This article originally appeared in The New York Jewish Week on March 21, 2018.
By Hannah Dreyfus
Eric Thurm, a 25-year-old Brooklynite and writer, has been hosting seders for his contemporaries since his college days.
This article originally appeared in the JTA on March 21, 2018.
By Gabe Friedman
(JTA) — Although Jews have celebrated Passover by reading from the Haggadah in one form or another for 2,000 years, Jewish organizations and publishers strive each year to connect the holiday to modern times with fresh Haggadahs as well as supplements.
If you’re looking to give your seder a distinct 2018 flavor, consider these options — they bring up topics ranging from Donald Trump to Ethiopian chickpea matzah.
New York, NY — To spark conversations connecting the ancient Passover Exodus story to modern struggles for freedom, Be’chol Lashon and Repair the Word are teaming up to offer specially designed seder supplements this Passover (werepair.org/passover). The materials, part of the Passover campaign, #MemoryToAction, encourage seder participants to engage in meaningful, sometimes difficult conversations about how we talk about individual and systemic struggles for freedom in the context of the Passover story.
“Jews are more diverse than many realize,” says Diane Tobin, CEO of Be’chol Lashon, which advocates for the ethnic and racial diversity of the Jewish people. “We focus on unique expressions of Passover around the world, while coming together over the universal Jewish story of Exodus. Our goal is to spark conversations, connecting the journey from slavery to freedom to the ongoing fight for racial justice.”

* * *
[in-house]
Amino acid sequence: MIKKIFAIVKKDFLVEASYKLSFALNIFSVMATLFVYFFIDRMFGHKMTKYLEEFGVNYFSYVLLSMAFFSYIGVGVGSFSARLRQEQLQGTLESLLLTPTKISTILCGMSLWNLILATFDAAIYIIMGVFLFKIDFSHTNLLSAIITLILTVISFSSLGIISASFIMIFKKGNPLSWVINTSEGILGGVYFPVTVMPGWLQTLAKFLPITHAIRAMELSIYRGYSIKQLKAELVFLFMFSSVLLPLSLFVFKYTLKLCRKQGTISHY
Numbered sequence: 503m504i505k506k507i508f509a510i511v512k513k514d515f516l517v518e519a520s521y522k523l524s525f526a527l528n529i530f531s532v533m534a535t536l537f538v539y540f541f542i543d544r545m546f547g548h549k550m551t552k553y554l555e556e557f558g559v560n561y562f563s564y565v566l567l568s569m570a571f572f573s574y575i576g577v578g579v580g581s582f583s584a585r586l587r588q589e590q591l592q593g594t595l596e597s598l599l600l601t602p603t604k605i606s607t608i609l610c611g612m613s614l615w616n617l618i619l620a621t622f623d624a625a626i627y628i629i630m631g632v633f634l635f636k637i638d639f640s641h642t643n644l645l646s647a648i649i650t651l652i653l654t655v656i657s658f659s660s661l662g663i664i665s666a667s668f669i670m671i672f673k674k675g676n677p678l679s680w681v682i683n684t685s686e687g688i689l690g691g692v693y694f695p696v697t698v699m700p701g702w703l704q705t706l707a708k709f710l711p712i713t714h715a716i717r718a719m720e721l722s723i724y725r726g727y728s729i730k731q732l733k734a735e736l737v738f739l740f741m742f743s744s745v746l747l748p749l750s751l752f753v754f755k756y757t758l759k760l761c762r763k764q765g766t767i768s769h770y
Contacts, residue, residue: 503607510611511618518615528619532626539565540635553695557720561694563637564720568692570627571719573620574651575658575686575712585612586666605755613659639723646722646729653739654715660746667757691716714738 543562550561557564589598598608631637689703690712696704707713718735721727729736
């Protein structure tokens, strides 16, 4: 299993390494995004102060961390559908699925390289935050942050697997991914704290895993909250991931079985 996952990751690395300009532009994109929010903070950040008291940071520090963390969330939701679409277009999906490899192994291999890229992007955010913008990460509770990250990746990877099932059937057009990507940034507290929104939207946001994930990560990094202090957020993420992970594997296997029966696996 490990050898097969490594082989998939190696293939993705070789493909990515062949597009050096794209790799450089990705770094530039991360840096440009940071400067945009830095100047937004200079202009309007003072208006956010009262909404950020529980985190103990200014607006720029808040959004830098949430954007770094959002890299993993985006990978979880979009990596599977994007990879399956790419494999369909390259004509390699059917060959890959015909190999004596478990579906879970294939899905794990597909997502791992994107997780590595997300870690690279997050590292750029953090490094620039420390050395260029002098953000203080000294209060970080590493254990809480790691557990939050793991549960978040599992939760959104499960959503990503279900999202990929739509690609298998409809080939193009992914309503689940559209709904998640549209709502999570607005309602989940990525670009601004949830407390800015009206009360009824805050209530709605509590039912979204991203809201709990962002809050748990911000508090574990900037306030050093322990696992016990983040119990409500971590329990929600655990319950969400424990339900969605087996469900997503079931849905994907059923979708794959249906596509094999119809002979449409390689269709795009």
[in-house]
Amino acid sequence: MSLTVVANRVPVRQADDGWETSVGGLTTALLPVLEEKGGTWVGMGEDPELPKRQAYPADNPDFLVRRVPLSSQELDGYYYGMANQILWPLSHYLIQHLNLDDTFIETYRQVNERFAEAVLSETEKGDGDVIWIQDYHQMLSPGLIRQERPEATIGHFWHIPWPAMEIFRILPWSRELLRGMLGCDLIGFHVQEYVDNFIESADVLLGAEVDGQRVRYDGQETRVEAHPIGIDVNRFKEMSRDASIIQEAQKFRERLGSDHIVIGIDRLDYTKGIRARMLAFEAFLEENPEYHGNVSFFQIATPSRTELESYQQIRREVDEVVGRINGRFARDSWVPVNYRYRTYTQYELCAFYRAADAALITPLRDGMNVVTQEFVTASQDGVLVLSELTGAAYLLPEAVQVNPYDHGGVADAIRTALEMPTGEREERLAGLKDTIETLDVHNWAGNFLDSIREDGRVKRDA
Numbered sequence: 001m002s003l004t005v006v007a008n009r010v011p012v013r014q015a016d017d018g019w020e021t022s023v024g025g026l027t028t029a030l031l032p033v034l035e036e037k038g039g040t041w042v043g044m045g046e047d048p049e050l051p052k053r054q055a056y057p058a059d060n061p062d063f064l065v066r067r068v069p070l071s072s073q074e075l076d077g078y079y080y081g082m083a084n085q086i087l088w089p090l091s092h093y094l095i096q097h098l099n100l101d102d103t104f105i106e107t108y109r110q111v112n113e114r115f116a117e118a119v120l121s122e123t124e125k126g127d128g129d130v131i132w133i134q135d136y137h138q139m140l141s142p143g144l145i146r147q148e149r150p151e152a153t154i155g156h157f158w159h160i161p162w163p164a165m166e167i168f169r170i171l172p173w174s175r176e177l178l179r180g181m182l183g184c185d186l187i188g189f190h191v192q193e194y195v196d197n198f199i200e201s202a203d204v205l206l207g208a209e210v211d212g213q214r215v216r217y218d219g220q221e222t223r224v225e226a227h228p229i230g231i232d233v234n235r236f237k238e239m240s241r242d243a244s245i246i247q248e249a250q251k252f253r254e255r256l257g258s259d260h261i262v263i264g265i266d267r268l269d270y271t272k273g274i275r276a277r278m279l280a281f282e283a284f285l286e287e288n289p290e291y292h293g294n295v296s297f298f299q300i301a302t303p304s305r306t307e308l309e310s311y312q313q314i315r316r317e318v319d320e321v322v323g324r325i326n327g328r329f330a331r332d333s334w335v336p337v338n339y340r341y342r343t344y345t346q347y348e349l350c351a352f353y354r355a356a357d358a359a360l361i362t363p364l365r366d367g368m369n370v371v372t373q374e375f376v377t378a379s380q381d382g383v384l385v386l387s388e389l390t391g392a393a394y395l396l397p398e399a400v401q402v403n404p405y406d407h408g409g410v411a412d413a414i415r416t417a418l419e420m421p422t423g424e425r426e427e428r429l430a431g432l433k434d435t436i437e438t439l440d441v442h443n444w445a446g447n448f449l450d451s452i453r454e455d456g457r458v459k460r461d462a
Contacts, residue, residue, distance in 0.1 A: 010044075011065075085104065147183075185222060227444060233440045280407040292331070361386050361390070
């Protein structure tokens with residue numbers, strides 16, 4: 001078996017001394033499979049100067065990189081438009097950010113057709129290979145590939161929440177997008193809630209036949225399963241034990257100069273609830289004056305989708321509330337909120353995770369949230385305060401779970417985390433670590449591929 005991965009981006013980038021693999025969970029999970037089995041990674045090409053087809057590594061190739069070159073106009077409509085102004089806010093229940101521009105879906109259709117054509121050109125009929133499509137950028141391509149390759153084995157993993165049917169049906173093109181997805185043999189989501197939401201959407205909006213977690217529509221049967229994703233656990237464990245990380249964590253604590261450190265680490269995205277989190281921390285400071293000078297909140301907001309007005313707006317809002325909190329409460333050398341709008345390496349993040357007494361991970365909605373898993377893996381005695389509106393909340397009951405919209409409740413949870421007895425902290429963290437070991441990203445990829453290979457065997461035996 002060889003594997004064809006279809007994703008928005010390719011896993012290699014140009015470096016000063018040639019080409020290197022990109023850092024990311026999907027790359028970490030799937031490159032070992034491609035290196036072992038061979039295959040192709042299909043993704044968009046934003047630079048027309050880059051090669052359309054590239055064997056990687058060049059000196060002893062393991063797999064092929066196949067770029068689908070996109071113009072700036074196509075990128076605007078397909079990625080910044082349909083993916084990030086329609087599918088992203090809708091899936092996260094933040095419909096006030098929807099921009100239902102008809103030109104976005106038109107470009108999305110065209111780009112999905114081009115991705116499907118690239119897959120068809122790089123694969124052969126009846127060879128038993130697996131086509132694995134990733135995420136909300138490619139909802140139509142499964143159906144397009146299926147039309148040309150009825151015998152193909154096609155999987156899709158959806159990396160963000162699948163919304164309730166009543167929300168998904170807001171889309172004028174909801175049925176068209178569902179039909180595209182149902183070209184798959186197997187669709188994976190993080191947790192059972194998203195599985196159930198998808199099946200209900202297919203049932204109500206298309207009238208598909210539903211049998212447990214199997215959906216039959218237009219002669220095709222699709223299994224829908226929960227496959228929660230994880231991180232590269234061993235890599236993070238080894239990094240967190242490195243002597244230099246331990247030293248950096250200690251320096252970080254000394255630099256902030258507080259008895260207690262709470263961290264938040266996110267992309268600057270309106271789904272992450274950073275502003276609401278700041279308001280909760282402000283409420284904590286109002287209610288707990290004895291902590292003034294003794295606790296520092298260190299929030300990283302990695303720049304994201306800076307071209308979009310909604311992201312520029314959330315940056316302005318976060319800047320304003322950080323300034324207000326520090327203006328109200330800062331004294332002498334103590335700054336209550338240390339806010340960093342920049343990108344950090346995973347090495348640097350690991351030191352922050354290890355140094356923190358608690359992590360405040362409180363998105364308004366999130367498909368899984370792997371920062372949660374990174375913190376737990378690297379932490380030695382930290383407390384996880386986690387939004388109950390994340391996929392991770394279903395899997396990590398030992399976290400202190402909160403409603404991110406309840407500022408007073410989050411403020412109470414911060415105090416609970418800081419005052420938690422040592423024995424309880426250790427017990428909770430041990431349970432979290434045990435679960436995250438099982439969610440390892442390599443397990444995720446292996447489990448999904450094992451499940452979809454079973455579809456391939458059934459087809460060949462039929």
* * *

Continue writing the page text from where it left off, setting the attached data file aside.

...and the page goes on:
The Haggadah insert, with artwork from illustrator Shane W. Evans, is framed around the seder passage Avadmin Hayinu, Hebrew for “we were slaves.” The resource asks each participant to consider what it means to begin retelling the story of Exodus with the words, “we were slaves,” and leads one to explore today’s “fight for freedom on interpersonal, systemic, global and local levels” through the lens of the seder.
Print-at-home Trivia Place Cards offer a fun, interactive way to celebrate Passover rituals and traditions from diverse Jewish communities while also amplifying the multiplicity of identities and experiences within the American Jewish community. Trivia questions include, “Why do Jews from Gibraltar sprinkle a little bit of brick dust into their charoset?” Answer: “To remind them of the bricks that the Israelite slaves were forced to make.”
People not hosting their own seders, but who still want to use these resources at the seder’s they attend, can sign up to have the resources sent directly to their seder host at weRepair.org/Passover. Others looking to connect Passover with volunteer service, to bring #MemoryToAction, can search for volunteer opportunities at weRepair.org/Volunteer.
Repair the World’s ten-month call for young people to Act Now has included the 2017 High Holidays (Act Now for a Different Kind of Service), Thanksgiving (Act Now Against Hunger), MLK Day (Act Now for Racial Justice); Purim (# ShareHerStory), and concludes with the Jewish holiday of Passover. Repair the World has found that during special times in the calendar people are looking to root their celebration in issues that they care about. Over 223,000 people participated in the digital Purim campaign and nearly 10,000 people participated in service experiences as part of MLK Day’s Act Now for Racial Justice.